The influence of SCUD missile attacks on the utilization of ambulatory services in a family practice.

S. Nakar, E. Kahan, T. Nir, M. A. Weingarten

Research output: Contribution to journalArticlepeer-review

Abstract

The consulting load in a family practice exposed to SCUD missile attacks during the 1991 Gulf War was compared with the equivalent period in 1990. The rate of visits was cut by half, with a relative and absolute increase in psychological consultations, and a decrease in consultations for infectious and respiratory conditions. There were more urgent consultations and fewer planned appointments. It is suggested that the stress of the SCUD missile attacks led to a reduction in consultations for trivial disorders, but an increase in the anxiety level of the population.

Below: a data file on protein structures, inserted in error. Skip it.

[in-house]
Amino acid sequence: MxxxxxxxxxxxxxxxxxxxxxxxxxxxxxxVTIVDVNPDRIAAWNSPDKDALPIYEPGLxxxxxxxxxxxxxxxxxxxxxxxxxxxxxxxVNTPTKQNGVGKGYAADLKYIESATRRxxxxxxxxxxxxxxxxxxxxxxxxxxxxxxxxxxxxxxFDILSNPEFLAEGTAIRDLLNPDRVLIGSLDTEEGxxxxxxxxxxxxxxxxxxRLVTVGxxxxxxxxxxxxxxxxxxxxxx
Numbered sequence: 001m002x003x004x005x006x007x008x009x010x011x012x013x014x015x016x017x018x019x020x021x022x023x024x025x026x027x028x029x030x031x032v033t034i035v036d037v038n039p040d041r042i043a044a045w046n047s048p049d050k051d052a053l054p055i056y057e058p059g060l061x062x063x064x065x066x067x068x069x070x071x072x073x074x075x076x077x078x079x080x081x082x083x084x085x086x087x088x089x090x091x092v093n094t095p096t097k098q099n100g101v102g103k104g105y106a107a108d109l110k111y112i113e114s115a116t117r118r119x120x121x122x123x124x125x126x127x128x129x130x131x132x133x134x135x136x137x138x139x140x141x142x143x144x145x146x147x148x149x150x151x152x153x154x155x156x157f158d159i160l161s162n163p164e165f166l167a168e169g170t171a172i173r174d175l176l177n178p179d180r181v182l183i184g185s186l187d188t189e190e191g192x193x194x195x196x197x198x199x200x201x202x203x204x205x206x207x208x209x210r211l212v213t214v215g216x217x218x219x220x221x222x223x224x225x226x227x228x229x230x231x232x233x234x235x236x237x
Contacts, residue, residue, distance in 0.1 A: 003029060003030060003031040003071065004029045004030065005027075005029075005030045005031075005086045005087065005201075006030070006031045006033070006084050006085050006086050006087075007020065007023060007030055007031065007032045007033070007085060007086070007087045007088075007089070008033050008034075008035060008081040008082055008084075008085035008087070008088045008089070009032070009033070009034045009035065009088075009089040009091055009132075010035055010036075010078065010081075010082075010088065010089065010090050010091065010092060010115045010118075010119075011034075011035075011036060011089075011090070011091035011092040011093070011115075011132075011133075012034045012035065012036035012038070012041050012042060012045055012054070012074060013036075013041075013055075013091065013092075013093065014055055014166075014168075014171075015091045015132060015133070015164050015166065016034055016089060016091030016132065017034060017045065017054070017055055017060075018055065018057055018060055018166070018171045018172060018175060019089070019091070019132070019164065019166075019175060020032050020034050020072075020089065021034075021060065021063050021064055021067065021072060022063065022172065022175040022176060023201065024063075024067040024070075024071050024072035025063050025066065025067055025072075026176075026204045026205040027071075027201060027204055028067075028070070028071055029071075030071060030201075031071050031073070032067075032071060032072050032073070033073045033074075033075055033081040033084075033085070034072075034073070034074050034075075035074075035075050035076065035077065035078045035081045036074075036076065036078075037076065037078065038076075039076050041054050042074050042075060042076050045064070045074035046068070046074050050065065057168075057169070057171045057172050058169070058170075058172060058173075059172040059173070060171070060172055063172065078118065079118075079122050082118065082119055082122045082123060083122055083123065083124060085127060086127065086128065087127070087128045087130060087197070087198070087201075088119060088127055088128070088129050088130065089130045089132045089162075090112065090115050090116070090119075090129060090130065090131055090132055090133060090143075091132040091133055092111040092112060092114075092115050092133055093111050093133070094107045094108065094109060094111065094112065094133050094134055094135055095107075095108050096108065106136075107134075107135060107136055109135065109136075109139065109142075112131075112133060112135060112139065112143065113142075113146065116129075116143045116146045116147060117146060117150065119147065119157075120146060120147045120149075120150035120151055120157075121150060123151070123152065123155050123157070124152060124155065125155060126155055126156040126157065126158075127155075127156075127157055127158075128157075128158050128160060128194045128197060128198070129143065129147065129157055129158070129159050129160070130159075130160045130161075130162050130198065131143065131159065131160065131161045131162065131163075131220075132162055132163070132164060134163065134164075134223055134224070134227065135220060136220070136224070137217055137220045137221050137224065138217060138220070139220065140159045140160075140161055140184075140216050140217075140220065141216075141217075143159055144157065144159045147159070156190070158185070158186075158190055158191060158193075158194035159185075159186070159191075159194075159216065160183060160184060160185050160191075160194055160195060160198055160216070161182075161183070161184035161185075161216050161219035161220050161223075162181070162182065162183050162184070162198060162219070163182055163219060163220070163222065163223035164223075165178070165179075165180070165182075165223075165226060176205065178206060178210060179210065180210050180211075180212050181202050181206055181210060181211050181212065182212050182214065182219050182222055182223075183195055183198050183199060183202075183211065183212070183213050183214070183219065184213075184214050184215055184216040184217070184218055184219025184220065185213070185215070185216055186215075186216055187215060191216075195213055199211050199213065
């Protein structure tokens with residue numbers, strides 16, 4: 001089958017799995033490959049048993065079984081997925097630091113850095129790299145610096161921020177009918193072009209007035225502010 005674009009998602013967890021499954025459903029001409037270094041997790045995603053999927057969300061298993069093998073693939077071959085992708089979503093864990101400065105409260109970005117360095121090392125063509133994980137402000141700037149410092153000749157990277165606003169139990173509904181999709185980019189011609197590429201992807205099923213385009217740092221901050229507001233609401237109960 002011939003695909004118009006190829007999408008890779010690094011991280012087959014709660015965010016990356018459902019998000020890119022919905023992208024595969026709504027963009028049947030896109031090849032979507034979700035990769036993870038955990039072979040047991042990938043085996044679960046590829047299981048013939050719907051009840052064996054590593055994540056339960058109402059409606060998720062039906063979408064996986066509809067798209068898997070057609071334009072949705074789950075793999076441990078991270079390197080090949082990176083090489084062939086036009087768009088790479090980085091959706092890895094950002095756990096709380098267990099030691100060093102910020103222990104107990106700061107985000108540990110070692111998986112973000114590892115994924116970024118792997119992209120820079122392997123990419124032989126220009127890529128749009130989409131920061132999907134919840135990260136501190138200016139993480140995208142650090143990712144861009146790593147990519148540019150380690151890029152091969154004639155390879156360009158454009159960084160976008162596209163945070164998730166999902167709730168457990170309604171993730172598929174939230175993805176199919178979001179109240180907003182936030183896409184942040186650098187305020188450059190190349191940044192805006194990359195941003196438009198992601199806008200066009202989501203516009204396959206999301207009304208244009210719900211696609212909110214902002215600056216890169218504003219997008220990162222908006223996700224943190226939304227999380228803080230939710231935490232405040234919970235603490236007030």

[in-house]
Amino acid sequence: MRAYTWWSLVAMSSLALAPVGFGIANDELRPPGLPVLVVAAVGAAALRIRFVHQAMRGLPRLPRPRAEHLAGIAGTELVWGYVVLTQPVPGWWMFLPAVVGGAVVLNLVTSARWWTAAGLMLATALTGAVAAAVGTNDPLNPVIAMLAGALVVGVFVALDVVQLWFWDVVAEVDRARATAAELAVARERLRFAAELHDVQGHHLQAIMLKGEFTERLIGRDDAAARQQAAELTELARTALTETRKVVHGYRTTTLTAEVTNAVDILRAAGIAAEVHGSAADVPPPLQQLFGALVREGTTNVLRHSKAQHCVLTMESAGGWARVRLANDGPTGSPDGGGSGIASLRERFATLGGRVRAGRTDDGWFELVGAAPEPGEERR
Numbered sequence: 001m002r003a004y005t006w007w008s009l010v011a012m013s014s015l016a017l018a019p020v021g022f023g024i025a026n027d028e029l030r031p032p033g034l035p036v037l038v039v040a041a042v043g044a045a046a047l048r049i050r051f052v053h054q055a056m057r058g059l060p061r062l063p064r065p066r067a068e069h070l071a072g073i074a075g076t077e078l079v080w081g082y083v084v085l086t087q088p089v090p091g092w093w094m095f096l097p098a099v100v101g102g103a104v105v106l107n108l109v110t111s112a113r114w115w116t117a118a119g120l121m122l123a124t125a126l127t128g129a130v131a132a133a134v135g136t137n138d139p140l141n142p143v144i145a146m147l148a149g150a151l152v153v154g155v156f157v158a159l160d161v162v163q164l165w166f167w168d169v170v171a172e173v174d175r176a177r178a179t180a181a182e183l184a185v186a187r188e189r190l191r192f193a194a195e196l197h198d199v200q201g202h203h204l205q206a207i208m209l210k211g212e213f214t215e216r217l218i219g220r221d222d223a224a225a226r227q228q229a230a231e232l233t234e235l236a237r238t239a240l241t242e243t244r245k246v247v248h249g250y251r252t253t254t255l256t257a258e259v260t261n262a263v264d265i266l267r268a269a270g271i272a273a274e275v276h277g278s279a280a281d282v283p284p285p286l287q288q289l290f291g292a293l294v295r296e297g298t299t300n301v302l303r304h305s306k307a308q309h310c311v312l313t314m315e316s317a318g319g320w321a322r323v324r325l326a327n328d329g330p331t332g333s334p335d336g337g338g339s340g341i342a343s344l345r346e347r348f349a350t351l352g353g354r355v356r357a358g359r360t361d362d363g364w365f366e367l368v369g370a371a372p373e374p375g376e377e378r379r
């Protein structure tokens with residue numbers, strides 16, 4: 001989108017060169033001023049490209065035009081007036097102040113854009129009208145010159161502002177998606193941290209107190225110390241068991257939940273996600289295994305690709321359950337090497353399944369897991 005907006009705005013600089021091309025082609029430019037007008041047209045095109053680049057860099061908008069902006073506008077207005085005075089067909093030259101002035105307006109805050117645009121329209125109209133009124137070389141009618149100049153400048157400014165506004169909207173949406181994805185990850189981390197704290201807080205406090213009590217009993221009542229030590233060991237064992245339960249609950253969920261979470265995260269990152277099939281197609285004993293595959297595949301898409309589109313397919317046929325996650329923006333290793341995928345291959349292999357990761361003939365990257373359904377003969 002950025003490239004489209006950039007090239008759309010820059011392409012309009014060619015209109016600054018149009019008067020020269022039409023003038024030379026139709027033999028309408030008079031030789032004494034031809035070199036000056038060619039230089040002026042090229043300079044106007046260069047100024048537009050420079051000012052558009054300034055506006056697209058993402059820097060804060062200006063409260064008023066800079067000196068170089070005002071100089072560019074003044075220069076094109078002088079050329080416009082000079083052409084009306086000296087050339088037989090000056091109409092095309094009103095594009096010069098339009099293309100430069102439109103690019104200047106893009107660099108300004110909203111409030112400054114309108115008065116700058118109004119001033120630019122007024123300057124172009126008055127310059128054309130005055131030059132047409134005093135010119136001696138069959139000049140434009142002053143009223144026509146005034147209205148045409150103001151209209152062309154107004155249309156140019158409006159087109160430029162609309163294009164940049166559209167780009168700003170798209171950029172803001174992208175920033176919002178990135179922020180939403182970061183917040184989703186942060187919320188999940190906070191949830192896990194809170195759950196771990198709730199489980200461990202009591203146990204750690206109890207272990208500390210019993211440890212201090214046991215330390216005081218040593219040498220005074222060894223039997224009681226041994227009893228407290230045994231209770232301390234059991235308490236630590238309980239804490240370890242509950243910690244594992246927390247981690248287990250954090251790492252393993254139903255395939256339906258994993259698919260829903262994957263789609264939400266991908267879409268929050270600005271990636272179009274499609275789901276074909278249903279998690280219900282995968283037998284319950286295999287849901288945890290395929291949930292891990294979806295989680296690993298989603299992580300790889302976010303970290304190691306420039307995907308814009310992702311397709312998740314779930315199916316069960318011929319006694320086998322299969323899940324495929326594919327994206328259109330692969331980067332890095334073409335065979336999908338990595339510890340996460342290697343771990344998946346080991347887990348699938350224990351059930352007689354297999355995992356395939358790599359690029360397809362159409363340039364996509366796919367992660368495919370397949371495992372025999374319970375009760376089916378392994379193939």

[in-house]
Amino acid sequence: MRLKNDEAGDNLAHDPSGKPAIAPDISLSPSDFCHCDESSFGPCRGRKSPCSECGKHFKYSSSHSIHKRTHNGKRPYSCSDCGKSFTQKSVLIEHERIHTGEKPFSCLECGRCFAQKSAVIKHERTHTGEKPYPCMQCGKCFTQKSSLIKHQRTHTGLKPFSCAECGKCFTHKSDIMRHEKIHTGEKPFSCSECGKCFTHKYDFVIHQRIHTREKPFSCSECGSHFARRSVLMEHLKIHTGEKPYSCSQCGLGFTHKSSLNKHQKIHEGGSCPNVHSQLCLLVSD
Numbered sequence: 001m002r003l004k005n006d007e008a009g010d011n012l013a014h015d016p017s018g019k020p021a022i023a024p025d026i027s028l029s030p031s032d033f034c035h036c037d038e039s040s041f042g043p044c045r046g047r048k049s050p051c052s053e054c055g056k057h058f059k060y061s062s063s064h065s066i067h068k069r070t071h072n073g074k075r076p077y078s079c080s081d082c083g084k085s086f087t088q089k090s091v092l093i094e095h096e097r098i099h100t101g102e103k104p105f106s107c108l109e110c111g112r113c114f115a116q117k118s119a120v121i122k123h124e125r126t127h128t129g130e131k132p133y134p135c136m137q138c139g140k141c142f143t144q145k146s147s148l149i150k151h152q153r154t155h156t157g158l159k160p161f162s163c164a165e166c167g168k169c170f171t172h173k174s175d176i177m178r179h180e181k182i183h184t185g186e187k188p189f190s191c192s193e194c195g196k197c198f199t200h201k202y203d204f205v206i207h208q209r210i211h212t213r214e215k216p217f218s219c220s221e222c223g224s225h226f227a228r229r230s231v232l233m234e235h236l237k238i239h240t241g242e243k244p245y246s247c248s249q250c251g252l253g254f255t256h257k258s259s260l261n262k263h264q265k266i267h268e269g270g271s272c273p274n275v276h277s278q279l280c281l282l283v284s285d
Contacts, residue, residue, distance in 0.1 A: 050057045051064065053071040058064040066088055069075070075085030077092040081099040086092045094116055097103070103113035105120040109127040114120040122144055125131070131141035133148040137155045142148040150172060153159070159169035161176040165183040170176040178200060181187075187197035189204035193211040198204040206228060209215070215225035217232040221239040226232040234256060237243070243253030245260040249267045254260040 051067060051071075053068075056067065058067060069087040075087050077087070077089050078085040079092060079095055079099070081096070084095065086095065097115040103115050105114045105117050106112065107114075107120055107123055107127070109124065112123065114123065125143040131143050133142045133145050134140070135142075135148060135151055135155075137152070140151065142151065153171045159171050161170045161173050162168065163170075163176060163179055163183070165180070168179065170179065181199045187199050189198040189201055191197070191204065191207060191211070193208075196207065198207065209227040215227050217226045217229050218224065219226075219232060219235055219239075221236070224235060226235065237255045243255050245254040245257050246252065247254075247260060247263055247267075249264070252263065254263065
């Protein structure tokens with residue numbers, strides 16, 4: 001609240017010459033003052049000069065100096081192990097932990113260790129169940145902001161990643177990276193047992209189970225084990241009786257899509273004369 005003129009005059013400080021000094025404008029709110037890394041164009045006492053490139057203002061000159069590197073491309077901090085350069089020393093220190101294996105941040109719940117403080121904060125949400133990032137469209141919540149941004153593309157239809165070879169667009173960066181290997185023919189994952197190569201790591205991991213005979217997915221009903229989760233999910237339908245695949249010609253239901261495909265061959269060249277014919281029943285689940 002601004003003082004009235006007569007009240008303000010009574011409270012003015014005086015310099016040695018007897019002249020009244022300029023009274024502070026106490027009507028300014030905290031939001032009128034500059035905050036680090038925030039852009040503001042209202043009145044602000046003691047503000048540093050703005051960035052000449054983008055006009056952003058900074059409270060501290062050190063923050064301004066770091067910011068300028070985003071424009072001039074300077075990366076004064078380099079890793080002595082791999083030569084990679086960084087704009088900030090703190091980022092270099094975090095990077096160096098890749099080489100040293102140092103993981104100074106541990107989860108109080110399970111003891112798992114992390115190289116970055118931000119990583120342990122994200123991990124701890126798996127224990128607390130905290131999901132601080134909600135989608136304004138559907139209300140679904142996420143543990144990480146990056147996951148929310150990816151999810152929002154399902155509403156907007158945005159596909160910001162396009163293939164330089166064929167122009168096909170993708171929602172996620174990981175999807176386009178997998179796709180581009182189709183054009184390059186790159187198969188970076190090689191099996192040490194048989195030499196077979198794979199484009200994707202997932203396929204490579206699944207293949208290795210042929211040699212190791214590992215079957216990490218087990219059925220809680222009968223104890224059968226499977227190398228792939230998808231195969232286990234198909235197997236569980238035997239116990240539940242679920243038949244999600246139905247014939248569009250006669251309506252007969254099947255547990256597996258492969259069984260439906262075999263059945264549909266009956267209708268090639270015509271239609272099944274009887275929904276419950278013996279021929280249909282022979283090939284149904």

Original languageEnglish
Pages (from-to)149-153
Number of pages5
JournalMedicine, Conflict and Survival
Volume12
Issue number2
DOIs
StatePublished - 1996

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